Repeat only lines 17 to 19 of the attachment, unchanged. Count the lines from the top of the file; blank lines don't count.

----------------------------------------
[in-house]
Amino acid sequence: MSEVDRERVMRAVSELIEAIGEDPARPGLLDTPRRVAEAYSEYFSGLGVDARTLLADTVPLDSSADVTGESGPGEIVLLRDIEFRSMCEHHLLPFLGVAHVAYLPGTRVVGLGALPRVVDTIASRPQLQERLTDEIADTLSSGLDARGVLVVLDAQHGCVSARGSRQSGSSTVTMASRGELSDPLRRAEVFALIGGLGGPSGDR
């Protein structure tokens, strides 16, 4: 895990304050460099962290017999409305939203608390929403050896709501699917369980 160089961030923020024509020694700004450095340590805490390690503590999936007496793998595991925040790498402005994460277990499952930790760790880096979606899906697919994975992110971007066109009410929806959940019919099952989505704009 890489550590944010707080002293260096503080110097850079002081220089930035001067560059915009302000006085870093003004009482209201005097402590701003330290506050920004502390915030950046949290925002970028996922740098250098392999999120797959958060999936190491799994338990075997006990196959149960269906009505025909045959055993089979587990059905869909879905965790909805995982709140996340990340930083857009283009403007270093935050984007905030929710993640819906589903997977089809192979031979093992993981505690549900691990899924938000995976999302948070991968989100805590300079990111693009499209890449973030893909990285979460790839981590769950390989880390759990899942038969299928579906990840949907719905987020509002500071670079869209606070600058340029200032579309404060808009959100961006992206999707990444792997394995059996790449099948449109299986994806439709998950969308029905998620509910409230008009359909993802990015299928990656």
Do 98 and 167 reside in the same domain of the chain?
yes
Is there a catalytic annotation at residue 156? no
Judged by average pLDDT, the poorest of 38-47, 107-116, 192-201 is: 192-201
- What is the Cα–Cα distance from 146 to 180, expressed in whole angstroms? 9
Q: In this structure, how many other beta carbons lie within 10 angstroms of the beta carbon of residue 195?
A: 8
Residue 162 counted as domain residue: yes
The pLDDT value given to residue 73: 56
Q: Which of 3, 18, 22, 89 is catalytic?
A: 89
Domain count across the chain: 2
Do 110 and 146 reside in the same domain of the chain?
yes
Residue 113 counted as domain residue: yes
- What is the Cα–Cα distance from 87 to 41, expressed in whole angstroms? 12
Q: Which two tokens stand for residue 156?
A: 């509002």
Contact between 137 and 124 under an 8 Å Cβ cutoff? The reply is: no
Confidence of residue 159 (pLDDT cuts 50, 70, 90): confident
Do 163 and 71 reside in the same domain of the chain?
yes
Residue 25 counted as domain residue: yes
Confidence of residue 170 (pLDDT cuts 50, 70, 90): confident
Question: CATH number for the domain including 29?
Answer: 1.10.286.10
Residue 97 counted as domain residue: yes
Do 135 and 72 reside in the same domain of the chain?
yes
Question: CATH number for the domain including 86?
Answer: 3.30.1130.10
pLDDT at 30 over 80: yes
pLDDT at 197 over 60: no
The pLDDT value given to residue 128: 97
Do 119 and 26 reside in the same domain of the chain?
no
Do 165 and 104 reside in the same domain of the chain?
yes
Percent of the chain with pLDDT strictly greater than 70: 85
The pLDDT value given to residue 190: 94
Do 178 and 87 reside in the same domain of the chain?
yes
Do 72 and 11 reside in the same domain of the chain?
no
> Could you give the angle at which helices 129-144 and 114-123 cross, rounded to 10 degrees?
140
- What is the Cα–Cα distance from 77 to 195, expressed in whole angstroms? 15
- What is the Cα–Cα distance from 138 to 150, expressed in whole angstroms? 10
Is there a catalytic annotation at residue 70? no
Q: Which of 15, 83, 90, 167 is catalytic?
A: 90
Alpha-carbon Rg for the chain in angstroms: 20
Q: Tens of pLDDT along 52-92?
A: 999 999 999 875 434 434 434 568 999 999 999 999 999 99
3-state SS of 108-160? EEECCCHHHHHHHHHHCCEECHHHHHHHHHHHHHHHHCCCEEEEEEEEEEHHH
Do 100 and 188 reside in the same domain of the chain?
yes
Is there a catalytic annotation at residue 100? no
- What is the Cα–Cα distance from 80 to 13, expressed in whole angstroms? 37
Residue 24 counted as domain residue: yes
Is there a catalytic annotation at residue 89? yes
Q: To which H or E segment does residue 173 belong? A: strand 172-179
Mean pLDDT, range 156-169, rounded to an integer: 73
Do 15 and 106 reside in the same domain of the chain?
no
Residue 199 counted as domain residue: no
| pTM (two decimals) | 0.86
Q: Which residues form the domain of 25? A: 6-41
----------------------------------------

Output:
yes
Residue 113 counted as domain residue: yes
- What is the Cα–Cα distance from 87 to 41, expressed in whole angstroms? 12